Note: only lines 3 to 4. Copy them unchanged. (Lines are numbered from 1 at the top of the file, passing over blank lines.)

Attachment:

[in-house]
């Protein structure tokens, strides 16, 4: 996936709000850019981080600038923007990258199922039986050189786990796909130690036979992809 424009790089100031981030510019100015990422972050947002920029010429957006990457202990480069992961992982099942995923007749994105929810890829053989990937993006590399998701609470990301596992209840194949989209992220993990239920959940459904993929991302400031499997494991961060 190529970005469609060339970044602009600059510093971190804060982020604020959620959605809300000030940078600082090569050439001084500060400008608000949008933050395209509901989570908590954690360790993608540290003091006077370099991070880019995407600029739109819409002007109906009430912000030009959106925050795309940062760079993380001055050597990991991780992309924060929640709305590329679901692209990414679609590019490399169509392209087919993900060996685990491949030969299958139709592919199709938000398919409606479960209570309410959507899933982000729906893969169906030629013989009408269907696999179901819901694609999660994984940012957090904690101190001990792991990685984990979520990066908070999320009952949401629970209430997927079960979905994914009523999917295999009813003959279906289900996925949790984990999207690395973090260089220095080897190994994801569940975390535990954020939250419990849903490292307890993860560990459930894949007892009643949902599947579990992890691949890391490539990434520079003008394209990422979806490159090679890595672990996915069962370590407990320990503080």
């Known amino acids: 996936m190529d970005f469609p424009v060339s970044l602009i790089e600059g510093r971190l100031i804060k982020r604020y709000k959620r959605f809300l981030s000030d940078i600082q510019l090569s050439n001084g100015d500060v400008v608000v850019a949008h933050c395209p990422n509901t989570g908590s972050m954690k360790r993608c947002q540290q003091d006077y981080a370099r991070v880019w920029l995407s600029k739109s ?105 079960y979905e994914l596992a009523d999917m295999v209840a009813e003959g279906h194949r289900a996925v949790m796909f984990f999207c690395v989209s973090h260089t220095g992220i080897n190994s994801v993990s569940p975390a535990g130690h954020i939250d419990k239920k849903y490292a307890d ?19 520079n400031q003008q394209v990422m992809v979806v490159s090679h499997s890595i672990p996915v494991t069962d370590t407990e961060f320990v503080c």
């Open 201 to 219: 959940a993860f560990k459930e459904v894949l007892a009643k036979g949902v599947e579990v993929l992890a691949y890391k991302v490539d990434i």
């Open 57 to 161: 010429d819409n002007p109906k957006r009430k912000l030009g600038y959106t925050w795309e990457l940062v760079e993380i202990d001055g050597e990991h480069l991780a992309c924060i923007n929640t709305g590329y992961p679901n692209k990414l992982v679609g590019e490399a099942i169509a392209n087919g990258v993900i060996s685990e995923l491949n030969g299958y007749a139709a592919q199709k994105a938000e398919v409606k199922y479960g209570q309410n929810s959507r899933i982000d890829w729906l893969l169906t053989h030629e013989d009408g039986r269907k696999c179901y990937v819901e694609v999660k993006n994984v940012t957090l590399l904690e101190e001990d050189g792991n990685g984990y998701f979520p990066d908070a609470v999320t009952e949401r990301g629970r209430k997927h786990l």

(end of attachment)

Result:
């Known amino acids: 996936m190529d970005f469609p424009v060339s970044l602009i790089e600059g510093r971190l100031i804060k982020r604020y709000k959620r959605f809300l981030s000030d940078i600082q510019l090569s050439n001084g100015d500060v400008v608000v850019a949008h933050c395209p990422n509901t989570g908590s972050m954690k360790r993608c947002q540290q003091d006077y981080a370099r991070v880019w920029l995407s600029k739109s ?105 079960y979905e994914l596992a009523d999917m295999v209840a009813e003959g279906h194949r289900a996925v949790m796909f984990f999207c690395v989209s973090h260089t220095g992220i080897n190994s994801v993990s569940p975390a535990g130690h954020i939250d419990k239920k849903y490292a307890d ?19 520079n400031q003008q394209v990422m992809v979806v490159s090679h499997s890595i672990p996915v494991t069962d370590t407990e961060f320990v503080c």
């Open 201 to 219: 959940a993860f560990k459930e459904v894949l007892a009643k036979g949902v599947e579990v993929l992890a691949y890391k991302v490539d990434i």